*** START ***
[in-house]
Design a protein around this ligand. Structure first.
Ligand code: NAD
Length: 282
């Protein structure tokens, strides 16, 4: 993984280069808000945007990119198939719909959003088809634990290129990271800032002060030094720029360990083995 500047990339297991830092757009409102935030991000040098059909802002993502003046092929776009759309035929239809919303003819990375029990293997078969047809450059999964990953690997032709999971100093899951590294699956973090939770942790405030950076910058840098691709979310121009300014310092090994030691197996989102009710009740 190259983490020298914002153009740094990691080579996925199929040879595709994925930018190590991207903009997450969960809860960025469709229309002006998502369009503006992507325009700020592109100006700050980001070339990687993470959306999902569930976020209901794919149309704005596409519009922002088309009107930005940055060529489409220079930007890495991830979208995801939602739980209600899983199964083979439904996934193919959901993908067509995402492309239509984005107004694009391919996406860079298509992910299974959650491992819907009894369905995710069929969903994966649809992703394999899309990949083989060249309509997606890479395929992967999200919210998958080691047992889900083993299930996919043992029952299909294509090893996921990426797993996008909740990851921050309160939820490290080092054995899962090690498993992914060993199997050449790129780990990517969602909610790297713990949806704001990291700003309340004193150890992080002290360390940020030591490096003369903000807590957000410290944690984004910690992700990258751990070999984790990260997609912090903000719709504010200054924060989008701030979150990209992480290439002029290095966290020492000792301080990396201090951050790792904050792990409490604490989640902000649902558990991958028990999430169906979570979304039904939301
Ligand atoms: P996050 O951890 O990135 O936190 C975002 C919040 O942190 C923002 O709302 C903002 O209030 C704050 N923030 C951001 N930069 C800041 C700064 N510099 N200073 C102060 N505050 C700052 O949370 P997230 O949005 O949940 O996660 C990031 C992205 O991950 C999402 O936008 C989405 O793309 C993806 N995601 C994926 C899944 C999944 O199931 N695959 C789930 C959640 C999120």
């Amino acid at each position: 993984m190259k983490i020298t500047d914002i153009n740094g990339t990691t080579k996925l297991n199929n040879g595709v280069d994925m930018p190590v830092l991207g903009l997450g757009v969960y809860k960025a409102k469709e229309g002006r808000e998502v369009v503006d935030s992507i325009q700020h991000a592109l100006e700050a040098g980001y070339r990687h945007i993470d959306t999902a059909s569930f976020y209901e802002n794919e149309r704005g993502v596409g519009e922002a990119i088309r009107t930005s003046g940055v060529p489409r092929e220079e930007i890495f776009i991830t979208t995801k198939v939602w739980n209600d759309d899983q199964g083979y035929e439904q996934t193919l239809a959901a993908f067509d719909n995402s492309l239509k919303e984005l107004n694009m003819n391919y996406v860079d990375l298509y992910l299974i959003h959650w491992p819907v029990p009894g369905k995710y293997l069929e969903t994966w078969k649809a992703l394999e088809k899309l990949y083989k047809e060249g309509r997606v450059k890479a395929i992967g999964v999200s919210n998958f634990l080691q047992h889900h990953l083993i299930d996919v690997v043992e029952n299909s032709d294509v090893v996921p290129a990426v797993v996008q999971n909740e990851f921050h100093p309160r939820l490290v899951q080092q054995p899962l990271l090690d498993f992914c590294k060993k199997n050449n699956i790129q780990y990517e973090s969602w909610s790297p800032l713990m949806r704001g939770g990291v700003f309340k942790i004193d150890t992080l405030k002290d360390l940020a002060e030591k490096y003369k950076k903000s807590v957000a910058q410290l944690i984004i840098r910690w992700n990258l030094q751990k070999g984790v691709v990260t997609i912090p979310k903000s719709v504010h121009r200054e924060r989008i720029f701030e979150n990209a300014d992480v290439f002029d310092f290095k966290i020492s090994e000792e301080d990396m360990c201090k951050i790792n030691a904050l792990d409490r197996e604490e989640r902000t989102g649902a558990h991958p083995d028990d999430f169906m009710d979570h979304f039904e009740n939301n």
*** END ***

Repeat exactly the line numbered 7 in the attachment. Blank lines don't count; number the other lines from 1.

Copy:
């Amino acid at each position: 993984m190259k983490i020298t500047d914002i153009n740094g990339t990691t080579k996925l297991n199929n040879g595709v280069d994925m930018p190590v830092l991207g903009l997450g757009v969960y809860k960025a409102k469709e229309g002006r808000e998502v369009v503006d935030s992507i325009q700020h991000a592109l100006e700050a040098g980001y070339r990687h945007i993470d959306t999902a059909s569930f976020y209901e802002n794919e149309r704005g993502v596409g519009e922002a990119i088309r009107t930005s003046g940055v060529p489409r092929e220079e930007i890495f776009i991830t979208t995801k198939v939602w739980n209600d759309d899983q199964g083979y035929e439904q996934t193919l239809a959901a993908f067509d719909n995402s492309l239509k919303e984005l107004n694009m003819n391919y996406v860079d990375l298509y992910l299974i959003h959650w491992p819907v029990p009894g369905k995710y293997l069929e969903t994966w078969k649809a992703l394999e088809k899309l990949y083989k047809e060249g309509r997606v450059k890479a395929i992967g999964v999200s919210n998958f634990l080691q047992h889900h990953l083993i299930d996919v690997v043992e029952n299909s032709d294509v090893v996921p290129a990426v797993v996008q999971n909740e990851f921050h100093p309160r939820l490290v899951q080092q054995p899962l990271l090690d498993f992914c590294k060993k199997n050449n699956i790129q780990y990517e973090s969602w909610s790297p800032l713990m949806r704001g939770g990291v700003f309340k942790i004193d150890t992080l405030k002290d360390l940020a002060e030591k490096y003369k950076k903000s807590v957000a910058q410290l944690i984004i840098r910690w992700n990258l030094q751990k070999g984790v691709v990260t997609i912090p979310k903000s719709v504010h121009r200054e924060r989008i720029f701030e979150n990209a300014d992480v290439f002029d310092f290095k966290i020492s090994e000792e301080d990396m360990c201090k951050i790792n030691a904050l792990d409490r197996e604490e989640r902000t989102g649902a558990h991958p083995d028990d999430f169906m009710d979570h979304f039904e009740n939301n």